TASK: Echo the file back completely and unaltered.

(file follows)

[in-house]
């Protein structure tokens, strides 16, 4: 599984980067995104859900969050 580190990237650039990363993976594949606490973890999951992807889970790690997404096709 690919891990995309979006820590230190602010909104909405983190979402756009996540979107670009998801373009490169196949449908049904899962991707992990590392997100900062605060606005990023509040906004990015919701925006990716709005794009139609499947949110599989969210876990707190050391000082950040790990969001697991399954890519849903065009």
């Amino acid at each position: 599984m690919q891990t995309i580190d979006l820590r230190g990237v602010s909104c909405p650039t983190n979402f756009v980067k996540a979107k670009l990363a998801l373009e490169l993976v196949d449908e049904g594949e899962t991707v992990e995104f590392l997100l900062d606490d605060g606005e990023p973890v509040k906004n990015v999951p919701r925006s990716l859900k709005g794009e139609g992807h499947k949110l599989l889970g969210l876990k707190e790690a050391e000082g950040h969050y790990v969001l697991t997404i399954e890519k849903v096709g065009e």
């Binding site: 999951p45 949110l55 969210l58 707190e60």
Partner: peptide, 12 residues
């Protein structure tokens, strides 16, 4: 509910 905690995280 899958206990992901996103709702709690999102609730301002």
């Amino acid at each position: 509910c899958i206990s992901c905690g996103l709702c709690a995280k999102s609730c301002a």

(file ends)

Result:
[in-house]
């Protein structure tokens, strides 16, 4: 599984980067995104859900969050 580190990237650039990363993976594949606490973890999951992807889970790690997404096709 690919891990995309979006820590230190602010909104909405983190979402756009996540979107670009998801373009490169196949449908049904899962991707992990590392997100900062605060606005990023509040906004990015919701925006990716709005794009139609499947949110599989969210876990707190050391000082950040790990969001697991399954890519849903065009």
């Amino acid at each position: 599984m690919q891990t995309i580190d979006l820590r230190g990237v602010s909104c909405p650039t983190n979402f756009v980067k996540a979107k670009l990363a998801l373009e490169l993976v196949d449908e049904g594949e899962t991707v992990e995104f590392l997100l900062d606490d605060g606005e990023p973890v509040k906004n990015v999951p919701r925006s990716l859900k709005g794009e139609g992807h499947k949110l599989l889970g969210l876990k707190e790690a050391e000082g950040h969050y790990v969001l697991t997404i399954e890519k849903v096709g065009e």
């Binding site: 999951p45 949110l55 969210l58 707190e60």
Partner: peptide, 12 residues
């Protein structure tokens, strides 16, 4: 509910 905690995280 899958206990992901996103709702709690999102609730301002």
């Amino acid at each position: 509910c899958i206990s992901c905690g996103l709702c709690a995280k999102s609730c301002a």